Madagascar (1): In your wildest dreams

Some time ago I was writing about Marshallese hello meaning ‘you are the rainbow’. I found it profoundly deep and beautiful. In the European culture (and most others as I investigated*) the rainbow is a symbol of beauty, promise and enlightenment… It’s about a divine connection that brings hope and transformation. Well, it’s not the same in Madagascar. In local tradition rainbow is a symbol of spiritual punishment (!) and represents angry God sending his knife (in a form of a rainbow) to cut tongues of naughty kids. Through legends and fairy tales children in Madagascar are thought to be honest, decent and humble to avoid a rainbow punishment. How bizarre!

Madagascar is unique. Full of surprises too. It’s not just about remarkable fauna and flora. With all respect to local customs and believes, I brought up this story to show how different Malagasy mentality is. The difference in perception can be disturbing and annoying, but on a deeper level it is alluring and fascinating. While visiting the island I took things for granted e.g.: I bought an airline ticket, therefore I though I would fly. Wrong.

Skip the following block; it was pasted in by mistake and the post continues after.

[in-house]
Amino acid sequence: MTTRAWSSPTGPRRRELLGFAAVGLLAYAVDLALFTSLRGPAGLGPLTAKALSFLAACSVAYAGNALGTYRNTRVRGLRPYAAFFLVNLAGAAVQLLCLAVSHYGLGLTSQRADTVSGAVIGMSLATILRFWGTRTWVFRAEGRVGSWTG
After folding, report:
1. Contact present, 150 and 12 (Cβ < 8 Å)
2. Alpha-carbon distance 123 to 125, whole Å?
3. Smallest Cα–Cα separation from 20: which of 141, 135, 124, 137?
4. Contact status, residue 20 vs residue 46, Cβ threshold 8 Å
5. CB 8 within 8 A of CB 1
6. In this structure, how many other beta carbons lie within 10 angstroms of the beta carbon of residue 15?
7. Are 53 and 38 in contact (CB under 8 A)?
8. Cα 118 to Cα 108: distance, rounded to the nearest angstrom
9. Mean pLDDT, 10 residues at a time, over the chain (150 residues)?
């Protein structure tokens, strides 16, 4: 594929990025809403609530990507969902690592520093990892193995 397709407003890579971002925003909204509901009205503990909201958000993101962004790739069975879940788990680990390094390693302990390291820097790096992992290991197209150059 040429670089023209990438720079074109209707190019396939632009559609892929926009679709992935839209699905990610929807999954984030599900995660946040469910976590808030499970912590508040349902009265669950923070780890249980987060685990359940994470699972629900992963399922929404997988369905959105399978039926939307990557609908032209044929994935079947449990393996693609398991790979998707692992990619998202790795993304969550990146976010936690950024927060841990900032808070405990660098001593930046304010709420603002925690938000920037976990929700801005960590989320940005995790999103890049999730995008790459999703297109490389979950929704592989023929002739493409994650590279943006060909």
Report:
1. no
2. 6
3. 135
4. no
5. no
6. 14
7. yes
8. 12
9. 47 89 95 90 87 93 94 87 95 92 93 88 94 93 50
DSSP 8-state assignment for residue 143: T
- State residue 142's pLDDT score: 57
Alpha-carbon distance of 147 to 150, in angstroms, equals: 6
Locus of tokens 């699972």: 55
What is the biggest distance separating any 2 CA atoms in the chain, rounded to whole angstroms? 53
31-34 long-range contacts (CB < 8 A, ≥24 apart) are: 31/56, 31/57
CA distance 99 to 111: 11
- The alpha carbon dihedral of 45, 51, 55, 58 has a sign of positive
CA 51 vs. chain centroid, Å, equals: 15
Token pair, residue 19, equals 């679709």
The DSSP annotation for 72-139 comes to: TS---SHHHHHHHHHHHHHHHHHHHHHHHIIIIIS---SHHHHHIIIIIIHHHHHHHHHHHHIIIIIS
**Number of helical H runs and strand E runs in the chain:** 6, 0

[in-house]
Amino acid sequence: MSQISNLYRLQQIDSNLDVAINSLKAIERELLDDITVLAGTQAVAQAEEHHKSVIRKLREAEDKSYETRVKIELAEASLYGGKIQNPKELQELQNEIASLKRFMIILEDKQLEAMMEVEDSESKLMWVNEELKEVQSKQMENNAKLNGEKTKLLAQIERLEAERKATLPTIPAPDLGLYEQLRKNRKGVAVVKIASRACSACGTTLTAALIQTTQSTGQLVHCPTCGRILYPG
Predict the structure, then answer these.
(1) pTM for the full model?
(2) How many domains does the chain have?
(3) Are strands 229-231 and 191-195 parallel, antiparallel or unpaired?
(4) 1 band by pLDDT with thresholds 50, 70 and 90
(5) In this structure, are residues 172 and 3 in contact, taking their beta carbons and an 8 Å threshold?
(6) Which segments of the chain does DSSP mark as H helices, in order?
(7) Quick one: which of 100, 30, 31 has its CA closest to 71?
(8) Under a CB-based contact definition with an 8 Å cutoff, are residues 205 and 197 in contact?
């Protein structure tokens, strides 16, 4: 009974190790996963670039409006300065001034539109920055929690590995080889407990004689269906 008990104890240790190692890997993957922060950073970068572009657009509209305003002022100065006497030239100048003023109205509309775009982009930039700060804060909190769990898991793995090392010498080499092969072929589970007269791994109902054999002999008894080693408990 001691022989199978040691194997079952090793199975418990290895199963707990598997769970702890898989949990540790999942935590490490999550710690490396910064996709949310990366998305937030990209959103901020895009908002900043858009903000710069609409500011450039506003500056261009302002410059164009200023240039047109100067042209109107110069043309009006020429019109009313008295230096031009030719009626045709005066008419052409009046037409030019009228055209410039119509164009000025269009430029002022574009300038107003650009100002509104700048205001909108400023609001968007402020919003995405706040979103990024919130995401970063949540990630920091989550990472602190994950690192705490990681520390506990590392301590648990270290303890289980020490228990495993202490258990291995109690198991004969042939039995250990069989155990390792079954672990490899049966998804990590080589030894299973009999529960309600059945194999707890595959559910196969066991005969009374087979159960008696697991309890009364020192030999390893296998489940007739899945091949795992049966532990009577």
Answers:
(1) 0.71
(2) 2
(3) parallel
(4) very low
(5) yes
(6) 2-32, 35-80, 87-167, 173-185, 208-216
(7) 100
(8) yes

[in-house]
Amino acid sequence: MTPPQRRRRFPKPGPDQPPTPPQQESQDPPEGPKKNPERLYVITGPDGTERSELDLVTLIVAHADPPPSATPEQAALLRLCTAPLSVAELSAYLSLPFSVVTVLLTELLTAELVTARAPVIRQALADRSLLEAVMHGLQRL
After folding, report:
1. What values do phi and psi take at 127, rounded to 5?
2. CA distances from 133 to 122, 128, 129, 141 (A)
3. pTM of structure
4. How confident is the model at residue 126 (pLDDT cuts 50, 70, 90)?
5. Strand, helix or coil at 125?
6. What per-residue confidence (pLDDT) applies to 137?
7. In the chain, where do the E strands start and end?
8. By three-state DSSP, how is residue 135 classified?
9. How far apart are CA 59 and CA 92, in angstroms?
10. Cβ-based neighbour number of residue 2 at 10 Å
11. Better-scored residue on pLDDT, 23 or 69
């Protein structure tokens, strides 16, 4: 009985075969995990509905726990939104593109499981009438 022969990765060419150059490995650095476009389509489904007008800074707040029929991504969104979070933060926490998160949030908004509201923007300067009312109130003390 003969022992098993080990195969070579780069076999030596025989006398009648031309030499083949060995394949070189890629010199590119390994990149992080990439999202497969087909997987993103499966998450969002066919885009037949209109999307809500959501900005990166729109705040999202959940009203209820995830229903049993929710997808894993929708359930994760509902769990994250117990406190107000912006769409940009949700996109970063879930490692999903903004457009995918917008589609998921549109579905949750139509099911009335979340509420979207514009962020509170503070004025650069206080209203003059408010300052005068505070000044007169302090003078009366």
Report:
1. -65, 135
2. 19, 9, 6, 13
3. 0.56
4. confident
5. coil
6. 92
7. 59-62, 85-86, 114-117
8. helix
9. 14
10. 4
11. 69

Madagascar is a melting pot of many cultures: African, French, Indonesians and Arabic, each bringing their own customs and beliefs. To discover the subtle differences you need time. We didn’t have that. Lemurs, chameleons, baobabs, beaches, diving… so much to choose from and so little time. Most of the greatest attractions of Madagascar are spread all around the country and the country is huge… It’s so hard to choose which way to go and what to eliminate due to lack of time. We were caught in a greedy rush trying to build as many memories as possible. It was a painfully quick journey through the world’s most fascinating, the fourth largest island.